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Human Genome Sequencing

The sequencing of the human genome was the centerpiece of the Human Genome Project. It was truly an international effort. Over twenty labs in six countries were directly involved in the sequencing itself. Many others contributed to the mapping of the human genome and to disseminating the information to the scientific community.

The National Human Genome Research Institute's (NHGRI) human sequencing program began with a set of pilot projects in 1996 and scaled up to full production levels in 1999. A draft version of the sequence was published in Nature in February 2001.

The sequencing effort continued at full strength and is now complete. The completion of the finished sequence coincided with the April 2003, 50th anniversary of the discovery of the DNA double helix by Dr. James Watson and Dr. Francis Crick, and was announced at 50 Years of DNA: From Double Helix to Health, A Celebration of the Genome.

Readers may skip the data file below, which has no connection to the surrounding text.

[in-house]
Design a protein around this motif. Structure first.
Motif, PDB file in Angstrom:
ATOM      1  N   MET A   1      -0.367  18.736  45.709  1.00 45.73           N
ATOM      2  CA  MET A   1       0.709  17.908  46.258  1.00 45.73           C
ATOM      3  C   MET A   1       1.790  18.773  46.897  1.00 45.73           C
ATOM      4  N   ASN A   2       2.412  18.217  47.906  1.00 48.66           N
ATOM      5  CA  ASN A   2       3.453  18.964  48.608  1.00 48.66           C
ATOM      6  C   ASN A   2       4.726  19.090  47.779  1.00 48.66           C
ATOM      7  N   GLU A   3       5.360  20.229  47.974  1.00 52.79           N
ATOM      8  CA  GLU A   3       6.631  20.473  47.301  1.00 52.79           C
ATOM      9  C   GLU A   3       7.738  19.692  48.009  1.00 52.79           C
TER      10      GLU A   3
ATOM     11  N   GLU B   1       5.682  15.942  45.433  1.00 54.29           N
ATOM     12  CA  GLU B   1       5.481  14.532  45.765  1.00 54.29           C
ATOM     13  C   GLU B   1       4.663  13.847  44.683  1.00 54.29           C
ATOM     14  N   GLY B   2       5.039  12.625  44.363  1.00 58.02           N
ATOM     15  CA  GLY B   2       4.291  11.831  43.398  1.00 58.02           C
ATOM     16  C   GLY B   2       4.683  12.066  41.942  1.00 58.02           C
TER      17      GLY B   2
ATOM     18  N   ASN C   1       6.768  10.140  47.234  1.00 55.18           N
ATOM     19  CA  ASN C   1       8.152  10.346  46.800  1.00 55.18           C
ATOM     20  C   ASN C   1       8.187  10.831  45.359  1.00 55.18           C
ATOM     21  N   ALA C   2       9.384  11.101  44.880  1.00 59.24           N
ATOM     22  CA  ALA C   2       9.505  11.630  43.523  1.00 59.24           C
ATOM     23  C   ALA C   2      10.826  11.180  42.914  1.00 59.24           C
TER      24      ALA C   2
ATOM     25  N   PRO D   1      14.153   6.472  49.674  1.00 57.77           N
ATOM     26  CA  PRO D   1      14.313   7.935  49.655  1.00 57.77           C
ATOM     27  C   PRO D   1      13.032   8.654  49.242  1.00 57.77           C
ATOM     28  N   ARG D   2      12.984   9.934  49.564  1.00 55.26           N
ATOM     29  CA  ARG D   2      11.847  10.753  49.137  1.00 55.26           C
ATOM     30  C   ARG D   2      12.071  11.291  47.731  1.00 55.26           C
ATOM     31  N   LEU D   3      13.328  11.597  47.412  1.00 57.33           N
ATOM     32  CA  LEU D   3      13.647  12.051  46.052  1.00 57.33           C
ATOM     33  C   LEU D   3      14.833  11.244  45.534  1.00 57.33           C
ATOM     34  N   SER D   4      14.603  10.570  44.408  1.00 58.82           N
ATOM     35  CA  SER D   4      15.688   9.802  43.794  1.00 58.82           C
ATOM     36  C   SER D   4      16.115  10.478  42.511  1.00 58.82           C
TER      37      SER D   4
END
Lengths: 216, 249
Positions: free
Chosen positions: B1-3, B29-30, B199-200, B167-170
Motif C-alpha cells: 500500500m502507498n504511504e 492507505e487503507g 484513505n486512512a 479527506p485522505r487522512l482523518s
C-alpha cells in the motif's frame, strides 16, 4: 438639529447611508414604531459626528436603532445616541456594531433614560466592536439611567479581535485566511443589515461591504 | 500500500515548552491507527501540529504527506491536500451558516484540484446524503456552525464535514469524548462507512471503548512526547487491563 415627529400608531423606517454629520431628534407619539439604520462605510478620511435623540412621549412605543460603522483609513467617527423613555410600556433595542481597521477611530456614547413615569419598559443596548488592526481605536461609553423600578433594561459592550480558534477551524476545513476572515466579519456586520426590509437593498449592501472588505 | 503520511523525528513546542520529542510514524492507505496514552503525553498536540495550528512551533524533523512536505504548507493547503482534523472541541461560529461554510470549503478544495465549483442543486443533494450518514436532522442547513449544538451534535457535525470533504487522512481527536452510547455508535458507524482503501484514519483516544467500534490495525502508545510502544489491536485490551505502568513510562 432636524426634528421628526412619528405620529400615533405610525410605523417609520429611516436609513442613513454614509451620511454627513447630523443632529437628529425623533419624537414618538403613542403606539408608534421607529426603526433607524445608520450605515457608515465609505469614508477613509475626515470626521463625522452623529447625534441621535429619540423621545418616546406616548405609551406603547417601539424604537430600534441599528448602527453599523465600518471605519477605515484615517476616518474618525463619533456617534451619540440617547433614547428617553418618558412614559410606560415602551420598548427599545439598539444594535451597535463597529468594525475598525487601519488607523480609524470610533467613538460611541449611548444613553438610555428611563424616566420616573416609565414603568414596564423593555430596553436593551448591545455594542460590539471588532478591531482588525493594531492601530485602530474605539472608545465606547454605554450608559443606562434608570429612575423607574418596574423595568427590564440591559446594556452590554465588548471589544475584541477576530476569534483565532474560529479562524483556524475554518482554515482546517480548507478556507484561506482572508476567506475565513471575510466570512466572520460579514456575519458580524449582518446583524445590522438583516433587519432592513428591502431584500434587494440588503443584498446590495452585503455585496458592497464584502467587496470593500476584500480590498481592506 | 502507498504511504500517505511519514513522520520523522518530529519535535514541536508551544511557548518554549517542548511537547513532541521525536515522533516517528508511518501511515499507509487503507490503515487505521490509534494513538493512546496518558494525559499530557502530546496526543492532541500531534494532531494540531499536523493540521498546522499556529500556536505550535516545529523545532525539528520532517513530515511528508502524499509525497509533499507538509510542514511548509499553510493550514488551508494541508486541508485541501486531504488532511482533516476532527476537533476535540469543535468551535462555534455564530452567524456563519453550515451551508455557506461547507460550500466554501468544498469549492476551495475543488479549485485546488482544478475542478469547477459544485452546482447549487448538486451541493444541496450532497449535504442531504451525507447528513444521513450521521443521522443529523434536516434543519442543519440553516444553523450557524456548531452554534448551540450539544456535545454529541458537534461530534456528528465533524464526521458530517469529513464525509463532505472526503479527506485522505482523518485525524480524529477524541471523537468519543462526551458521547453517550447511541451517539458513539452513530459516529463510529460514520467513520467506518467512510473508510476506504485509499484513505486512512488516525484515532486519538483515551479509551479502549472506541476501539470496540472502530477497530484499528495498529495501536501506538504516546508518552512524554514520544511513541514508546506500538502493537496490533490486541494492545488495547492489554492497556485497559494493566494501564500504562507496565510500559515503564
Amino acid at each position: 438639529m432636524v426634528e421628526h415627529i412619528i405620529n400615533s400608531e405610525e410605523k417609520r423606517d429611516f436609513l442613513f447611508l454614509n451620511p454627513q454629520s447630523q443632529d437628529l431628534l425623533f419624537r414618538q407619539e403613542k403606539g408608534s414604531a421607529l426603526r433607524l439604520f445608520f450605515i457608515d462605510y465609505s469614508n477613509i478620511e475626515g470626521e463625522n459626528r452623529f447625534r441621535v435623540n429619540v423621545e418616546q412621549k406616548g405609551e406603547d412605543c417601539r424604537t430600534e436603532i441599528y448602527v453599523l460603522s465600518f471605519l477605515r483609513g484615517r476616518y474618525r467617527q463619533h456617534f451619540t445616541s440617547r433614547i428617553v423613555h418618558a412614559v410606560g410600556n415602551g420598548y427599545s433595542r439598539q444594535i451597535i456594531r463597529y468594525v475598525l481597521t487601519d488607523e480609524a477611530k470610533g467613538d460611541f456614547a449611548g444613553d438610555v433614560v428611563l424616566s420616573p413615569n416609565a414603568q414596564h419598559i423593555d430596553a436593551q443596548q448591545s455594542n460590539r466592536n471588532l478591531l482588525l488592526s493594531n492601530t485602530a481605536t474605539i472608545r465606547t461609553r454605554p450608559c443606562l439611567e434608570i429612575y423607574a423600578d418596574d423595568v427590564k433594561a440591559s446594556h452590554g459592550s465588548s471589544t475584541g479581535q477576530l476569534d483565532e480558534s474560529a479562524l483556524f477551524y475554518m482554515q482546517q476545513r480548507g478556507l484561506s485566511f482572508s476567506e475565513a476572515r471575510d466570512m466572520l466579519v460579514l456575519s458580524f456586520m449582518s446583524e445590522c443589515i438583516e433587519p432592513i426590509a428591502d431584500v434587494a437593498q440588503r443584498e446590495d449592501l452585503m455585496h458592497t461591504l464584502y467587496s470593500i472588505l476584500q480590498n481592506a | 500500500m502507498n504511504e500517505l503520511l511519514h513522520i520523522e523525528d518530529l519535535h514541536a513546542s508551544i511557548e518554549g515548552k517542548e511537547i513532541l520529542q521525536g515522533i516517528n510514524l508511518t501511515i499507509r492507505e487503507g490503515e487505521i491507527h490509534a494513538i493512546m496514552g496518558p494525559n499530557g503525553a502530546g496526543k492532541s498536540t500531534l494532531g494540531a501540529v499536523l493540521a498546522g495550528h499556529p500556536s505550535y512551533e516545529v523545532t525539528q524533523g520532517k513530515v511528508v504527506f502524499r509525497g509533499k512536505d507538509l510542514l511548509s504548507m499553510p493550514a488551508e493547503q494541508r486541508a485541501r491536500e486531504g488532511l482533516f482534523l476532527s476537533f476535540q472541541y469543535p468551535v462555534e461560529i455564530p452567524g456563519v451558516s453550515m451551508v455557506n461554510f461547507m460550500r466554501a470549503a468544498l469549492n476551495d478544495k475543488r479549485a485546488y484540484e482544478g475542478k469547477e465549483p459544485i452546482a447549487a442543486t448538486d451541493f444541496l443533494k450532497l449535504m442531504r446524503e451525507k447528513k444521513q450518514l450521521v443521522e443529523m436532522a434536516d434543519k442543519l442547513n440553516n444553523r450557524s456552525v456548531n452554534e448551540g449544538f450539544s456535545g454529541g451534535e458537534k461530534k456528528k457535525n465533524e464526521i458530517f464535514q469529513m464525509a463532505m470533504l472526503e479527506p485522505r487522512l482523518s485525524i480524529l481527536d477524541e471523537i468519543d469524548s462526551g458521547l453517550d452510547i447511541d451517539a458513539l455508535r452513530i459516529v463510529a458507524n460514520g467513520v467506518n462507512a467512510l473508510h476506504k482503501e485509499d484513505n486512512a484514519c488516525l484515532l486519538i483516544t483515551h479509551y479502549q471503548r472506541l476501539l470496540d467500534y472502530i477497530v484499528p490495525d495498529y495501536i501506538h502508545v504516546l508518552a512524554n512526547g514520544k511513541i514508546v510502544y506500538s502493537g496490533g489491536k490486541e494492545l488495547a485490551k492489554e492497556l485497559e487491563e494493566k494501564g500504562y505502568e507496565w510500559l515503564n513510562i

The Completed Human Sequence:

Additional Resources

BAC Libraries

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Last Reviewed: March 1, 2011

See Also:

All About the Human Genome Project

Search for Human Genome News Releases

The NHGRI Genome Sequencing Program (GSP)

Approved Sequencing Targets